, Volume 84, Issue 1, pp 235–238 | Cite as

Godehard Bruntrup and Ludwig Jaskolla (eds): Panpsychism—Contemporary Perspectives

Oxford University Press, 2016, VIII + 414 pp, £56.00 (Hardback), ISBN 978-0-19-935994-3
  • Howard RobinsonEmail author
Book review

The current vein of panpsychism has its roots in some thoughts of Russell and Eddington. They claimed that science gives us a conception of matter that is purely structural and causal (perhaps ultimately purely mathematical and abstract): it tells us nothing about the intrinsic nature of matter, only the kinds of thing that it does, and that in a rather abstract form. But the scientific conception of the world has another failing—it cannot explain consciousness. So they suggested that we could kill two birds with one stone by attributing to matter, at its very roots (internal to its atoms) some primitive form of consciousness, out of which our sophisticated consciousness might be built and which could do duty as the intrinsic ‘stuff’ of matter. This is equivalent to taking Lewis’s quiddities to be primitive sensations.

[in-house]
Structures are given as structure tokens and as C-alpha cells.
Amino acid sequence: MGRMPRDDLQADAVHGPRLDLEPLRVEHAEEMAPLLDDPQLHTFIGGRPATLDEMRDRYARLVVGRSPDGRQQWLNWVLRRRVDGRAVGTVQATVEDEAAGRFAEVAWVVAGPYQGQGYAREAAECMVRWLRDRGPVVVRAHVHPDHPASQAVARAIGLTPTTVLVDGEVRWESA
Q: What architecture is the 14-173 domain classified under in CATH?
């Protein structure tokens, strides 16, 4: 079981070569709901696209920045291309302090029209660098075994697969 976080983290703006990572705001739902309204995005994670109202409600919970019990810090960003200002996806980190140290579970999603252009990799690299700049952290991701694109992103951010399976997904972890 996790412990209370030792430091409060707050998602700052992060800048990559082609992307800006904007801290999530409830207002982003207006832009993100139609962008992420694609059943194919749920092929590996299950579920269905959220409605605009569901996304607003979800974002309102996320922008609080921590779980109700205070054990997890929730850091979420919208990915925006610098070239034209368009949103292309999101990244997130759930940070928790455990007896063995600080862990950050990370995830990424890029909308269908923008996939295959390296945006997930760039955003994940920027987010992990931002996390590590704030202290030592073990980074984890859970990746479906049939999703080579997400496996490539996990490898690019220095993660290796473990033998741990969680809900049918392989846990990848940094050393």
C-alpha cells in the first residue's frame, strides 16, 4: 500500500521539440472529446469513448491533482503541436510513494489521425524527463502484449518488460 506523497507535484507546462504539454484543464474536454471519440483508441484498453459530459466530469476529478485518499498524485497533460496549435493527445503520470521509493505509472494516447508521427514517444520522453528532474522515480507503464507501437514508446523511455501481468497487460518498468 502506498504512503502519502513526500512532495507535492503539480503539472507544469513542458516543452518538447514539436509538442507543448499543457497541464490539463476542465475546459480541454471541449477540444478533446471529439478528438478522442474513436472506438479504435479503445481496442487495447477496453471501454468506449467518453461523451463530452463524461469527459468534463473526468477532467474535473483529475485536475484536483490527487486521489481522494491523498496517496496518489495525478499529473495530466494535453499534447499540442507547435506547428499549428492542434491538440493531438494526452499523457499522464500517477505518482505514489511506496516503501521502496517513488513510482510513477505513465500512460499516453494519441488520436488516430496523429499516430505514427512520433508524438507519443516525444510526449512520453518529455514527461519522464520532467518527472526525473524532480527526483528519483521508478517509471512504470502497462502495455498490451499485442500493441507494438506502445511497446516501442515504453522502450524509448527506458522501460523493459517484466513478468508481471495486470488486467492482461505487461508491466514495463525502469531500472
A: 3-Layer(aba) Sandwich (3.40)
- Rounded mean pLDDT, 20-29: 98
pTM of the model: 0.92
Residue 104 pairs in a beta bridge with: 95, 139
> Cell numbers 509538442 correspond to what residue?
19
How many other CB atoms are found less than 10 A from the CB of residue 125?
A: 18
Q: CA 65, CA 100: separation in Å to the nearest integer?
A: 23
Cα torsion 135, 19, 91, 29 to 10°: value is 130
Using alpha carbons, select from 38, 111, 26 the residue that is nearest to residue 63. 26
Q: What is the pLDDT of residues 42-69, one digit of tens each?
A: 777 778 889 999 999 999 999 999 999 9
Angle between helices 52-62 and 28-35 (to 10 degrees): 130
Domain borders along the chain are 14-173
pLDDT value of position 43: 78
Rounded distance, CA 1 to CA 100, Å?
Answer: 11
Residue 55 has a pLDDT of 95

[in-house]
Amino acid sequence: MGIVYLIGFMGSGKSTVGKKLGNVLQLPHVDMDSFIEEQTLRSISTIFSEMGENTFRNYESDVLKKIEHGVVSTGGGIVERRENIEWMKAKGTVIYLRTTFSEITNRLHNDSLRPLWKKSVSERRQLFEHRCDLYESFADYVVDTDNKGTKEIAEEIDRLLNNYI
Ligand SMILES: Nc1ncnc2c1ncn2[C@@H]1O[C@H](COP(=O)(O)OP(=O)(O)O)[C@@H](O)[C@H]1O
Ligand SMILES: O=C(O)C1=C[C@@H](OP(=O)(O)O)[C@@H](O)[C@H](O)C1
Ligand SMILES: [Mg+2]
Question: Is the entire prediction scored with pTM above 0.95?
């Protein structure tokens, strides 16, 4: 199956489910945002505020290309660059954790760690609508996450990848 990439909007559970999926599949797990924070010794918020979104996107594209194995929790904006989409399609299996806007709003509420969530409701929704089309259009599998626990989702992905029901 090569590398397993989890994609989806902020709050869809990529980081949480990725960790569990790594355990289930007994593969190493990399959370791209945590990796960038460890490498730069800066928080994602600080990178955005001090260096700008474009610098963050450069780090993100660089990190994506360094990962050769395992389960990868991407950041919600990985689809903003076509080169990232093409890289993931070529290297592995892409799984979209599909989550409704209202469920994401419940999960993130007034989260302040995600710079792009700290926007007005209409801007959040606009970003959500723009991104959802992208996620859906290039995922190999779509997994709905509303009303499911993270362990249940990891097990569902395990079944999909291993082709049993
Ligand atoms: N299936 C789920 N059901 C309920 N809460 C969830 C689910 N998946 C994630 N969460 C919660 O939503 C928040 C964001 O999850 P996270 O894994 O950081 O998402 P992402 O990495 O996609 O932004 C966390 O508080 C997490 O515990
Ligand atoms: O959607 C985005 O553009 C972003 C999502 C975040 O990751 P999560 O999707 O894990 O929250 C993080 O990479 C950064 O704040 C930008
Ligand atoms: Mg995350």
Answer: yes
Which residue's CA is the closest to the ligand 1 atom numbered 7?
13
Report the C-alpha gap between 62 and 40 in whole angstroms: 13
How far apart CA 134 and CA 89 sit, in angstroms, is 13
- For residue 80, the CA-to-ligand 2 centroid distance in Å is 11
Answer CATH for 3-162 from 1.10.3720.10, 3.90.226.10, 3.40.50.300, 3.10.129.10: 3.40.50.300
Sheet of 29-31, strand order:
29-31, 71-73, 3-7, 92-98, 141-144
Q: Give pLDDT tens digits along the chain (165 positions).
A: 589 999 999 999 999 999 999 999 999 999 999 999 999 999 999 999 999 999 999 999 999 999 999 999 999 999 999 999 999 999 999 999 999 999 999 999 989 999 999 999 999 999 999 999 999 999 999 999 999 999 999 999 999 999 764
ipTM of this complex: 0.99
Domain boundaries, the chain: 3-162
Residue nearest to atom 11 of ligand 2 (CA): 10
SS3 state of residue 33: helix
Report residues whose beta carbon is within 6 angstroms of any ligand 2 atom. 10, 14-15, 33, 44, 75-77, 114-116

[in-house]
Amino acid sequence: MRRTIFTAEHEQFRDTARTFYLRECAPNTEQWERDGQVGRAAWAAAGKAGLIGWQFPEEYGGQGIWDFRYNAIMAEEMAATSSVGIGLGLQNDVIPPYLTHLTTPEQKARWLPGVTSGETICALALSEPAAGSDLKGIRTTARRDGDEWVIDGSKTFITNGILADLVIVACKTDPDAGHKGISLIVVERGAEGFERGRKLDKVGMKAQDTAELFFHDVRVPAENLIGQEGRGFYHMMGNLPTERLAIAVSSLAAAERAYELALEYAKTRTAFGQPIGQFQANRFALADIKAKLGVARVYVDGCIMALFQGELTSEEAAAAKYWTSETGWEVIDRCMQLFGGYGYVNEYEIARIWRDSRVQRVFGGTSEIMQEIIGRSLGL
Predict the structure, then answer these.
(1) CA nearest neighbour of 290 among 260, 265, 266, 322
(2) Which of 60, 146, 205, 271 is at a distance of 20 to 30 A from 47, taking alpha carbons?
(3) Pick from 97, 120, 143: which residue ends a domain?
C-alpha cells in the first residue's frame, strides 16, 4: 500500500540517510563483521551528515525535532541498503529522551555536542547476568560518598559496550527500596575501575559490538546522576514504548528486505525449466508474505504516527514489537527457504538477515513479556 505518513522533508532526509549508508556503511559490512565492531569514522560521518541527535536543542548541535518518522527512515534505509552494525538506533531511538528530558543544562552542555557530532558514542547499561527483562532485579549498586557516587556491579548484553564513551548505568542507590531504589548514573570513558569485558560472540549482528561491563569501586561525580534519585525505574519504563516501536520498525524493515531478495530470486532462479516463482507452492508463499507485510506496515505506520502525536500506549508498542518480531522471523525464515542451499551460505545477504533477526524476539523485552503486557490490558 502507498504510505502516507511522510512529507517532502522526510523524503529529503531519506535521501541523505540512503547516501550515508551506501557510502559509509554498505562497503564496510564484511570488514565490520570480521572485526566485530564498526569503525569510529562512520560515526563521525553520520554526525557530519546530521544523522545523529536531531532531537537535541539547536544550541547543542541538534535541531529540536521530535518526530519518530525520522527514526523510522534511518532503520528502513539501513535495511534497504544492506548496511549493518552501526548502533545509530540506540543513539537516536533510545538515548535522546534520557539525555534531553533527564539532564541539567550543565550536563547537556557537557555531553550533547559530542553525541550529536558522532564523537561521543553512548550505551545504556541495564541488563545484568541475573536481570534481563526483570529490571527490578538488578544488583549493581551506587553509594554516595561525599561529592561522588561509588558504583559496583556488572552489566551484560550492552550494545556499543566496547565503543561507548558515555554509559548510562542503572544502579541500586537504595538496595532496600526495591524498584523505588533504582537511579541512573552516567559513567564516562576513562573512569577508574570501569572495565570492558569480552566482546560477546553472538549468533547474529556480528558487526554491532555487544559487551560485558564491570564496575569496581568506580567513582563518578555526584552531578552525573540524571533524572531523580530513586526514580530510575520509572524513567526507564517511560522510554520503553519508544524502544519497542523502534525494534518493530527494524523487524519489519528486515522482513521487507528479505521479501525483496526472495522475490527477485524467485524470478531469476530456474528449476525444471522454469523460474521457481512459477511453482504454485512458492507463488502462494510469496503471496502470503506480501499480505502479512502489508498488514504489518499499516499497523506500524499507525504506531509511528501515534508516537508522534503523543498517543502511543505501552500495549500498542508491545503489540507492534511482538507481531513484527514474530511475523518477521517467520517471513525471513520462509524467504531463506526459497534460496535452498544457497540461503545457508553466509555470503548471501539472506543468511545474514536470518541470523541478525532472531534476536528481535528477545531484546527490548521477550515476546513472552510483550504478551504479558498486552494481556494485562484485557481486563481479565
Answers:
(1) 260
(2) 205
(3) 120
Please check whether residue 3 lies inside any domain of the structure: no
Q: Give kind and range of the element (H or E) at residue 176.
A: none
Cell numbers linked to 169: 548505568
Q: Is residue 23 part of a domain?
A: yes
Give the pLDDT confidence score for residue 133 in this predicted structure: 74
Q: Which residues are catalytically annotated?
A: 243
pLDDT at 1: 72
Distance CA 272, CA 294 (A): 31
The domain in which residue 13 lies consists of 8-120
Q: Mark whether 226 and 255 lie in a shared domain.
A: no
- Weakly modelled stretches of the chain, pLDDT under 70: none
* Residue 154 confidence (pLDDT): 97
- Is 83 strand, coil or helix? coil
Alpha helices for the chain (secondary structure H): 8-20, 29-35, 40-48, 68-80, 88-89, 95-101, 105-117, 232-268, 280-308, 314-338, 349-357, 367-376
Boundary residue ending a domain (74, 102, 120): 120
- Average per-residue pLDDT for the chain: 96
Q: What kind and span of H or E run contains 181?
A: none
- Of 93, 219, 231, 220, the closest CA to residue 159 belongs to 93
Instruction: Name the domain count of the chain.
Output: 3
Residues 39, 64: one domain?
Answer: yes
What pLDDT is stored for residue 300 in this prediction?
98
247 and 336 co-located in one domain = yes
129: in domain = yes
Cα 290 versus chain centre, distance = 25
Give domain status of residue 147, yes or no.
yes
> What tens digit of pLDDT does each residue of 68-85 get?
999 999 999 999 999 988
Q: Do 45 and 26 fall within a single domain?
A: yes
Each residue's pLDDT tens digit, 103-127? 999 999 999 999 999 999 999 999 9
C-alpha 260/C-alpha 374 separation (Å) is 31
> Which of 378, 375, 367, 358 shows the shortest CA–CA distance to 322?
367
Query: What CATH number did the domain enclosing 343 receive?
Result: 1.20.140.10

There are at least two major problems with this idea. One is to get one’s mind around the idea that quarks and electrons might be conscious. In other contexts,...

Copyright information

© Springer Science+Business Media B.V. 2017

Authors and Affiliations

  1. 1.Department of PhilosophyCentral European University BudapestBudapestHungary

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